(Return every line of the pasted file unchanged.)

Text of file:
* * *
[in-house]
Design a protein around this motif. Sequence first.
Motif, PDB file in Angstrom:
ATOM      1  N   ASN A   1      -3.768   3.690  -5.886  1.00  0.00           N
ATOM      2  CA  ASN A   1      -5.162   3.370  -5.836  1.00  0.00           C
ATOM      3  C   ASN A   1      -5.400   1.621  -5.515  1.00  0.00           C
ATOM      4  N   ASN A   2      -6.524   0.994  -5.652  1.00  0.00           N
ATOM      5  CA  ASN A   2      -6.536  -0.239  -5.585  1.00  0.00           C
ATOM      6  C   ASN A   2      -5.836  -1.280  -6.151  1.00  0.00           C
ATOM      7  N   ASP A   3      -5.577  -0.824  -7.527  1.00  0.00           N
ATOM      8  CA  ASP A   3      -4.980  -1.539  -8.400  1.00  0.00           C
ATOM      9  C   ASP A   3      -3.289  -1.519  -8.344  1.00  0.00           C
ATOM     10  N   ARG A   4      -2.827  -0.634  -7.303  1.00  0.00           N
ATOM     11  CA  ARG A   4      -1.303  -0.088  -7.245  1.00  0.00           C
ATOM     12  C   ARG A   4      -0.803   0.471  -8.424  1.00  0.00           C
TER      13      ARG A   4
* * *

[in-house]
Design a protein around this motif. Sequence first.
Motif, PDB file in Angstrom:
ATOM      1  N   ASN A   1      -3.768   3.690  -5.886  1.00  0.00           N
ATOM      2  CA  ASN A   1      -5.162   3.370  -5.836  1.00  0.00           C
ATOM      3  C   ASN A   1      -5.400   1.621  -5.515  1.00  0.00           C
ATOM      4  N   ASN A   2      -6.524   0.994  -5.652  1.00  0.00           N
ATOM      5  CA  ASN A   2      -6.536  -0.239  -5.585  1.00  0.00           C
ATOM      6  C   ASN A   2      -5.836  -1.280  -6.151  1.00  0.00           C
ATOM      7  N   ASP A   3      -5.577  -0.824  -7.527  1.00  0.00           N
ATOM      8  CA  ASP A   3      -4.980  -1.539  -8.400  1.00  0.00           C
ATOM      9  C   ASP A   3      -3.289  -1.519  -8.344  1.00  0.00           C
ATOM     10  N   ARG A   4      -2.827  -0.634  -7.303  1.00  0.00           N
ATOM     11  CA  ARG A   4      -1.303  -0.088  -7.245  1.00  0.00           C
ATOM     12  C   ARG A   4      -0.803   0.471  -8.424  1.00  0.00           C
TER      13      ARG A   4